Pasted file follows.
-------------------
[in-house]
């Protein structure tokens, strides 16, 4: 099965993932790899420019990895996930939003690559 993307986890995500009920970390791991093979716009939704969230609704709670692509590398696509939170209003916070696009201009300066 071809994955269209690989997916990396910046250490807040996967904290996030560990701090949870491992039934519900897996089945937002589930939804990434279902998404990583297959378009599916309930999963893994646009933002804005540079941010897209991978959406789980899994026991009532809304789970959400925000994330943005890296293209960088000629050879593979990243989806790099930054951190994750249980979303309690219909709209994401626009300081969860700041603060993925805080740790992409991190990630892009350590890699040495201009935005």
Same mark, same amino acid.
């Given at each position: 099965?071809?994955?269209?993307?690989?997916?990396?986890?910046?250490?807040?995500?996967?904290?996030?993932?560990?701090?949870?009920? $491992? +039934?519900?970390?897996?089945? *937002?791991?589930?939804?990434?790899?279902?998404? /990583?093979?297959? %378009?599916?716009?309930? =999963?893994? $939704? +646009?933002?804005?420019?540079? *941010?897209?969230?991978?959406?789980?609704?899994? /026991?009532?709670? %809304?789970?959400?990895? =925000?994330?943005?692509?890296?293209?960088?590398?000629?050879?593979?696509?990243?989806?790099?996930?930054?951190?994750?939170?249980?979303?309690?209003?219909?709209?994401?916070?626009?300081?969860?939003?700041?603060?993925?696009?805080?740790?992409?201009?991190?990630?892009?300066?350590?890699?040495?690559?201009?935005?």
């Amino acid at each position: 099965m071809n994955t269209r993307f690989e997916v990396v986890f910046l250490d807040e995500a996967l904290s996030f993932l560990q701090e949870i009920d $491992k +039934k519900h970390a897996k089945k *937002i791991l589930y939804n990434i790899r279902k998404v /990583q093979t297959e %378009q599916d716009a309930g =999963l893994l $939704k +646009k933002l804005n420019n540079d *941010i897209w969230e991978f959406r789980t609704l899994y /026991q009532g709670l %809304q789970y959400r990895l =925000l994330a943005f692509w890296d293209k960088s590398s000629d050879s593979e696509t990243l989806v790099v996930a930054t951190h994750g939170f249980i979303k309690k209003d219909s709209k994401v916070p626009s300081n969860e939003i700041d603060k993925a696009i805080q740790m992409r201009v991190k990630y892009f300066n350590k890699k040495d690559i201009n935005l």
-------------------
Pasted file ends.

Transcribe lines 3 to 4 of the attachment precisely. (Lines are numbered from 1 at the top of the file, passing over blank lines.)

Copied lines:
Same mark, same amino acid.
């Given at each position: 099965?071809?994955?269209?993307?690989?997916?990396?986890?910046?250490?807040?995500?996967?904290?996030?993932?560990?701090?949870?009920? $491992? +039934?519900?970390?897996?089945? *937002?791991?589930?939804?990434?790899?279902?998404? /990583?093979?297959? %378009?599916?716009?309930? =999963?893994? $939704? +646009?933002?804005?420019?540079? *941010?897209?969230?991978?959406?789980?609704?899994? /026991?009532?709670? %809304?789970?959400?990895? =925000?994330?943005?692509?890296?293209?960088?590398?000629?050879?593979?696509?990243?989806?790099?996930?930054?951190?994750?939170?249980?979303?309690?209003?219909?709209?994401?916070?626009?300081?969860?939003?700041?603060?993925?696009?805080?740790?992409?201009?991190?990630?892009?300066?350590?890699?040495?690559?201009?935005?």